Why Authentic Leadership Matters, Backed By Research

Is there a special cocktail of knowledge and skills that make for a successful leader?


A study among diverse leaders from various organizations (George et al., 2007) found no consistent defining traits of leaders, except one: that they led based on what they knew about themselves.

In other words, they were authentic.

Here, we’ll look at what this means for you as a leader, and why applying a few techniques could make a big difference for your organization.

What are Authentic Leaders?

With its roots in positive psychology, authentic leadership uses positive behaviors generated from an individual’s own sense of self, including beliefs and values, to influence others and guide good decision making. These simple, genuine behaviors have been shown to have a distinct impact on organizations.

Drawing on authentic leadership data from various cultural settings, a comprehensive study by Walumbwa and colleagues (2008) identifies four areas where leaders must excel:

  1. Self-awareness: a knowledge of who they are and how they are developing
  2. An internally held set of values drawn from their own experiences
  3. The ability to analyze all relevant views when making a decision and consider each view fairly.
  4. Presenting their self-knowledge, internally held values, and decision making process transparently to others in the organization

Communities in management and positive psychology have studied how authentic leadership factors into work and organizational life. Walumbwa, along with many other authors since, identifies a compelling connection between authentic leadership, trust, employee motivation and organizational performance.


Why is Authentic Leadership so beneficial?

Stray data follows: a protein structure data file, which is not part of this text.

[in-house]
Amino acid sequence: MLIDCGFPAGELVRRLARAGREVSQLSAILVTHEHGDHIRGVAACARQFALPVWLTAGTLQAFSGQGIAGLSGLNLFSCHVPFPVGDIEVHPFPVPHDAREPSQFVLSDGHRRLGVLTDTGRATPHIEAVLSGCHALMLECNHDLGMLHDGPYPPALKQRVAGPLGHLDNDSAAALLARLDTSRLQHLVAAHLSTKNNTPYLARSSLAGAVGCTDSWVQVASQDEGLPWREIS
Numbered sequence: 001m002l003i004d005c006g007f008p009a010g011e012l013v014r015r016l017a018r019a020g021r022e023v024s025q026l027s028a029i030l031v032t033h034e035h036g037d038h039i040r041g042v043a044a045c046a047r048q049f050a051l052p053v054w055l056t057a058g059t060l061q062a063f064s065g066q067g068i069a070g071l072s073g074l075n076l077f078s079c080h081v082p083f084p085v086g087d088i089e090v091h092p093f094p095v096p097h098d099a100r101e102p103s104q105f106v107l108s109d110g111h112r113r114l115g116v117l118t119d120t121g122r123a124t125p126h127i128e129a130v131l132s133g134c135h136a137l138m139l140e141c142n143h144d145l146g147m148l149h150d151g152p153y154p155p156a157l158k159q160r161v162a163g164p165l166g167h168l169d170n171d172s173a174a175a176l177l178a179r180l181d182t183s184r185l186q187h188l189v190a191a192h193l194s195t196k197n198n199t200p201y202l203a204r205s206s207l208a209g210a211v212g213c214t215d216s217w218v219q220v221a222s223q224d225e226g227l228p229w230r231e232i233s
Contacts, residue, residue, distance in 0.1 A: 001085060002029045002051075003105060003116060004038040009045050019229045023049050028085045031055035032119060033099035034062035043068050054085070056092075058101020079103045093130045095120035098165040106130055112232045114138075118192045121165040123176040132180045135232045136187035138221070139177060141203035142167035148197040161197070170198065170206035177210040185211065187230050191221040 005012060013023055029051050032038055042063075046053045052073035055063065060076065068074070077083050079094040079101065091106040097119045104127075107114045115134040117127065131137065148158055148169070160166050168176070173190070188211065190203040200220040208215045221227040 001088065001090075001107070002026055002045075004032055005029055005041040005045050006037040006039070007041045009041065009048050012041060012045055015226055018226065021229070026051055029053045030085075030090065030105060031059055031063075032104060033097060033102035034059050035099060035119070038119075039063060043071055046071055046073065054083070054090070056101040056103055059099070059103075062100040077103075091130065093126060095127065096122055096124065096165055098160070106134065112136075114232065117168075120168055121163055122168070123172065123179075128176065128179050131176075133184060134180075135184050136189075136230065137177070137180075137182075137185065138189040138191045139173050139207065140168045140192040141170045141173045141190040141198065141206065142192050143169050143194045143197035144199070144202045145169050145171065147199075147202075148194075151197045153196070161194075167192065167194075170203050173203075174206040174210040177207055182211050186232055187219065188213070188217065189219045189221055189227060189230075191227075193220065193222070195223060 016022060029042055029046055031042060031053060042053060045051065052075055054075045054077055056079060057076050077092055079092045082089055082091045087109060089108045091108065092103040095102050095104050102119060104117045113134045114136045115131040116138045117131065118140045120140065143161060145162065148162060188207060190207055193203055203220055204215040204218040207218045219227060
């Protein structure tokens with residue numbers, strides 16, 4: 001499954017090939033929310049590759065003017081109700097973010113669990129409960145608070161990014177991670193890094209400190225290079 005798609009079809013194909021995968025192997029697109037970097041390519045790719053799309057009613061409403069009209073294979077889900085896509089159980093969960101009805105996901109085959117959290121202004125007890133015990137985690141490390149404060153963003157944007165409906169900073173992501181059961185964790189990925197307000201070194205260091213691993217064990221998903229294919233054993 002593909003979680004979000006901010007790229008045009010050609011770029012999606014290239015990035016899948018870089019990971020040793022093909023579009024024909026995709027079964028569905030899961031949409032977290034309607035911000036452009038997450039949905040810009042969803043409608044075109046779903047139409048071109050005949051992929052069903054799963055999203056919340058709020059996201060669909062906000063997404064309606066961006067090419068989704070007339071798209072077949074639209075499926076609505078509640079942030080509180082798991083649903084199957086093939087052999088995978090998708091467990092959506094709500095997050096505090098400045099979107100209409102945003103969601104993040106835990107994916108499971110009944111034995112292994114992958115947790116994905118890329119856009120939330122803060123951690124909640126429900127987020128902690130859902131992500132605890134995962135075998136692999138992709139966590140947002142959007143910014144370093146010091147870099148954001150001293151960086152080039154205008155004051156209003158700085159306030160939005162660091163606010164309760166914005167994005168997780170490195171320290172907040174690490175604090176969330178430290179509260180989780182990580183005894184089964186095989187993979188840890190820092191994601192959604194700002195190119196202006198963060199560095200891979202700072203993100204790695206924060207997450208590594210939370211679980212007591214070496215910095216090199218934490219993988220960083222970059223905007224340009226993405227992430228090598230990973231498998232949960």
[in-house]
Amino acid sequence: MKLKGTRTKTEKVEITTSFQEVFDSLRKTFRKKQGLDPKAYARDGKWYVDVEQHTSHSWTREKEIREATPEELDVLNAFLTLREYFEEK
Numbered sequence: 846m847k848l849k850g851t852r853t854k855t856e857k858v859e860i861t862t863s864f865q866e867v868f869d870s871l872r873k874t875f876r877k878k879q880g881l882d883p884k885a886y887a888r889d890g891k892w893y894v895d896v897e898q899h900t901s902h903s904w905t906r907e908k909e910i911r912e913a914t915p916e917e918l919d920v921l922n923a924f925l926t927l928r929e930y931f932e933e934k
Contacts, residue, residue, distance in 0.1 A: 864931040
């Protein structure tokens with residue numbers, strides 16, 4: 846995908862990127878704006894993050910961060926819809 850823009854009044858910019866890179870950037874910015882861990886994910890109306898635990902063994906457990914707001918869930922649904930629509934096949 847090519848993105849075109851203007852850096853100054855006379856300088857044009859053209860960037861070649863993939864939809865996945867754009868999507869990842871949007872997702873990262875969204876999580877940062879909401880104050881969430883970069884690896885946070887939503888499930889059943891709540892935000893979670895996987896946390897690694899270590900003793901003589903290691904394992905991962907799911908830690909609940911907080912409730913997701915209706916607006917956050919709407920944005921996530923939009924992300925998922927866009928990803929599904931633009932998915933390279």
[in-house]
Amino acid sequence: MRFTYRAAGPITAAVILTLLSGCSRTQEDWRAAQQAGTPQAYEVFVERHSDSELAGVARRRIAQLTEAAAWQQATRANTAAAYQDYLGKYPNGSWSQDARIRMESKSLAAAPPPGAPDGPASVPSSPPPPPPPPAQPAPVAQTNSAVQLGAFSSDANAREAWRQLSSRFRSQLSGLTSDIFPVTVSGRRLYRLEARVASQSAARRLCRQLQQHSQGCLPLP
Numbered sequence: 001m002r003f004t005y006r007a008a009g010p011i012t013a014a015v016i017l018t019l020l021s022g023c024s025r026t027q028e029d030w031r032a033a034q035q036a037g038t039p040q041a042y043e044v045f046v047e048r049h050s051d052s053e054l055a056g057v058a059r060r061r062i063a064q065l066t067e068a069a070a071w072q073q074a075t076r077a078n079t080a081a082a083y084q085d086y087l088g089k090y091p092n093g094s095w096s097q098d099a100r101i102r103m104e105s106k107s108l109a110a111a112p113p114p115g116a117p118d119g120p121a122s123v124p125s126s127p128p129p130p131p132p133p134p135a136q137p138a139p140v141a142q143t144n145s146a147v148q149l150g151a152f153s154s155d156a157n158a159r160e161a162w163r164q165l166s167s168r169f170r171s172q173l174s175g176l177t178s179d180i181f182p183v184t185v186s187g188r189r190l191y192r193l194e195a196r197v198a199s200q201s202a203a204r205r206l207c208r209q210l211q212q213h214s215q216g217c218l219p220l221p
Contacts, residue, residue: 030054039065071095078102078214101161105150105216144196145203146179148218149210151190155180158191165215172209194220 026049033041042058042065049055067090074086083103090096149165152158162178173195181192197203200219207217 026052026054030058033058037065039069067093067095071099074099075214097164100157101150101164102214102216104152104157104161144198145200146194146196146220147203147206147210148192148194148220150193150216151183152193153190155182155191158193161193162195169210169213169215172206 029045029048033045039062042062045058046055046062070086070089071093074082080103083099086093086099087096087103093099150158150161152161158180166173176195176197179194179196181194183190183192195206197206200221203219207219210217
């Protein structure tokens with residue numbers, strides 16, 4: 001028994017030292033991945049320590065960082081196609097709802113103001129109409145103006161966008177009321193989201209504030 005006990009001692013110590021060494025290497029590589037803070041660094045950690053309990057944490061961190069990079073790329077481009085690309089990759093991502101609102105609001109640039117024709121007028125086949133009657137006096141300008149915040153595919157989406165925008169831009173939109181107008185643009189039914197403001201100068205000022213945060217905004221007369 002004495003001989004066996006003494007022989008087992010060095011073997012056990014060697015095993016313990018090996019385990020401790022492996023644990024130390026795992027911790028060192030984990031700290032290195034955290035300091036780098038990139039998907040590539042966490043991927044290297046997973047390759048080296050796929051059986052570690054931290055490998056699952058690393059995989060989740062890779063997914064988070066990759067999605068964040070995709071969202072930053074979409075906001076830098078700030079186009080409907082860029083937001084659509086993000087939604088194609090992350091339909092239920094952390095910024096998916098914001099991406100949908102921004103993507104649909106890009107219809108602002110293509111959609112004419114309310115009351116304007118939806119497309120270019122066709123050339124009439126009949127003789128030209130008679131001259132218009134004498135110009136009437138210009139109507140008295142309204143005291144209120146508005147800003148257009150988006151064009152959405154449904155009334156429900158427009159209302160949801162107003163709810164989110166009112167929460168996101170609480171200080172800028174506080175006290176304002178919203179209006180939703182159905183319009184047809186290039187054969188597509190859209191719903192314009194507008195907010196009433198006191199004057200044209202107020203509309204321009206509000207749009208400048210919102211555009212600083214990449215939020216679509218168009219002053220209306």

Through this research, it’s clear that followers trust leaders who behave according to who they are. In turn, those followers become more motivated and committed to making an extra effort at work. What’s more, those principles of self-awareness and transparency can transfer to followers, making your work environment much more generative overall.

All of these factors make a significant contribution to high-performing organizations.

Takeaways for your practice

Authentic leadership does not happen after one training, or after you’ve read one book. You, as a leader, must commit to regularly incorporating some of these practices into your everyday life:

  • Reflect: Think about what you’ve learned as you became a leader, and how those lessons became your values and shaped who you are. By becoming more aware of these lessons, you’ll be able to tap into who you are much more easily.
  • Tell your story: George,Walumbwa and their colleagues recommend doing this reflection through some kind of story. Storytelling is a powerful tool for communicating with others, but it’s also a powerful tool for communicating with yourself. Draw a timeline, map, or create other images that help you trace your journey.
  • Share your values, and listen to others:  Make it clear that you know where you are coming from, but that you welcome other views as a means for growth. You’ll practice transparency and balance, which are crucial traits for followers to see in authentic leaders.

Authentic leadership may be one of the key components of developing sustainable trust, motivation, and fairness in the workplace; climates with those qualities can foster better employee retention and productivity.

How does this apply in your workplace? Could authenticity be the missing factor for leadership?

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George, B., Sims, P., McLean, A.N., Mayer, D. (2007) “Discovering Your Authentic Leadership.” Harvard Business Review. 

You can find the original article here!

Walumbwa, F.O., Avolio, B.J., Gardner, W.L., Wernsign, T.S., & Peterson, S.J. (2008) Authentic leadership: development and validation of a theory-based measure. Journal of Management, 34 (1), 89-126.

You can find the original article here!

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